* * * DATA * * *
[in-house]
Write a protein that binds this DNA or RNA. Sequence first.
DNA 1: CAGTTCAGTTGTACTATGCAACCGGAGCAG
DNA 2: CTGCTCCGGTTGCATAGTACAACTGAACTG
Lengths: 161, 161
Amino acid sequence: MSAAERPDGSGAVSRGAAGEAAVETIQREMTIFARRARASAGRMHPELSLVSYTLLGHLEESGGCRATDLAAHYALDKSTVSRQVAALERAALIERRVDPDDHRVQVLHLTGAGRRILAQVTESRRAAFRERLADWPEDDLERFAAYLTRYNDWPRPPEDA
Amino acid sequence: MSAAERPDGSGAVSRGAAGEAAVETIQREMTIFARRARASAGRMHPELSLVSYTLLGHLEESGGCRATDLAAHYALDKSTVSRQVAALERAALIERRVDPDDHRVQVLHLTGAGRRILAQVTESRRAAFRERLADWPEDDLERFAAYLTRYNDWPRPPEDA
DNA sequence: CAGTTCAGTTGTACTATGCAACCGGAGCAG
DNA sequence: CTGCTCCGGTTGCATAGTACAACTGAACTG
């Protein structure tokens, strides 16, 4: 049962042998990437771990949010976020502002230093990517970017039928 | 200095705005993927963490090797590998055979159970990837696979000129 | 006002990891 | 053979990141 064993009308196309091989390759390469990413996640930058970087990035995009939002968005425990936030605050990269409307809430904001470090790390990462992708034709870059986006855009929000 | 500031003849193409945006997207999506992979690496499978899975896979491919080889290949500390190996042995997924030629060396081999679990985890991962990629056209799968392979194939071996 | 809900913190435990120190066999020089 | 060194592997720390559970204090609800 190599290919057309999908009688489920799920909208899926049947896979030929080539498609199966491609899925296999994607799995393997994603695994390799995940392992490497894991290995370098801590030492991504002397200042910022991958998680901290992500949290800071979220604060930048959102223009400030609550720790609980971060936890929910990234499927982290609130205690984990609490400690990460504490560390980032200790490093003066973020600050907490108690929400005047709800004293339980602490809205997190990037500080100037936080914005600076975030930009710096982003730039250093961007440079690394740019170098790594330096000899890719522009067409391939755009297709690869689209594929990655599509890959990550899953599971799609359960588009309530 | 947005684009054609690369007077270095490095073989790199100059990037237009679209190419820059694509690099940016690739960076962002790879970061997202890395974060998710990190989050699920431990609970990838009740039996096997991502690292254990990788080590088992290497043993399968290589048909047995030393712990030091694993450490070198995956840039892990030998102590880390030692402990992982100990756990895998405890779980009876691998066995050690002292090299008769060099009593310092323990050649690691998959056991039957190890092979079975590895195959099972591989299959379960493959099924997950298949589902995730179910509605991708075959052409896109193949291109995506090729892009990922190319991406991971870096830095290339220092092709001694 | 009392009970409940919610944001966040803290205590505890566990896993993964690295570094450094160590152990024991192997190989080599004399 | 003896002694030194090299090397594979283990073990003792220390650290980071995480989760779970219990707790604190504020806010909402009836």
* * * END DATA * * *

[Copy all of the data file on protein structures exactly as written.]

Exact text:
[in-house]
Write a protein that binds this DNA or RNA. Sequence first.
DNA 1: CAGTTCAGTTGTACTATGCAACCGGAGCAG
DNA 2: CTGCTCCGGTTGCATAGTACAACTGAACTG
Lengths: 161, 161
Amino acid sequence: MSAAERPDGSGAVSRGAAGEAAVETIQREMTIFARRARASAGRMHPELSLVSYTLLGHLEESGGCRATDLAAHYALDKSTVSRQVAALERAALIERRVDPDDHRVQVLHLTGAGRRILAQVTESRRAAFRERLADWPEDDLERFAAYLTRYNDWPRPPEDA
Amino acid sequence: MSAAERPDGSGAVSRGAAGEAAVETIQREMTIFARRARASAGRMHPELSLVSYTLLGHLEESGGCRATDLAAHYALDKSTVSRQVAALERAALIERRVDPDDHRVQVLHLTGAGRRILAQVTESRRAAFRERLADWPEDDLERFAAYLTRYNDWPRPPEDA
DNA sequence: CAGTTCAGTTGTACTATGCAACCGGAGCAG
DNA sequence: CTGCTCCGGTTGCATAGTACAACTGAACTG
């Protein structure tokens, strides 16, 4: 049962042998990437771990949010976020502002230093990517970017039928 | 200095705005993927963490090797590998055979159970990837696979000129 | 006002990891 | 053979990141 064993009308196309091989390759390469990413996640930058970087990035995009939002968005425990936030605050990269409307809430904001470090790390990462992708034709870059986006855009929000 | 500031003849193409945006997207999506992979690496499978899975896979491919080889290949500390190996042995997924030629060396081999679990985890991962990629056209799968392979194939071996 | 809900913190435990120190066999020089 | 060194592997720390559970204090609800 190599290919057309999908009688489920799920909208899926049947896979030929080539498609199966491609899925296999994607799995393997994603695994390799995940392992490497894991290995370098801590030492991504002397200042910022991958998680901290992500949290800071979220604060930048959102223009400030609550720790609980971060936890929910990234499927982290609130205690984990609490400690990460504490560390980032200790490093003066973020600050907490108690929400005047709800004293339980602490809205997190990037500080100037936080914005600076975030930009710096982003730039250093961007440079690394740019170098790594330096000899890719522009067409391939755009297709690869689209594929990655599509890959990550899953599971799609359960588009309530 | 947005684009054609690369007077270095490095073989790199100059990037237009679209190419820059694509690099940016690739960076962002790879970061997202890395974060998710990190989050699920431990609970990838009740039996096997991502690292254990990788080590088992290497043993399968290589048909047995030393712990030091694993450490070198995956840039892990030998102590880390030692402990992982100990756990895998405890779980009876691998066995050690002292090299008769060099009593310092323990050649690691998959056991039957190890092979079975590895195959099972591989299959379960493959099924997950298949589902995730179910509605991708075959052409896109193949291109995506090729892009990922190319991406991971870096830095290339220092092709001694 | 009392009970409940919610944001966040803290205590505890566990896993993964690295570094450094160590152990024991192997190989080599004399 | 003896002694030194090299090397594979283990073990003792220390650290980071995480989760779970219990707790604190504020806010909402009836």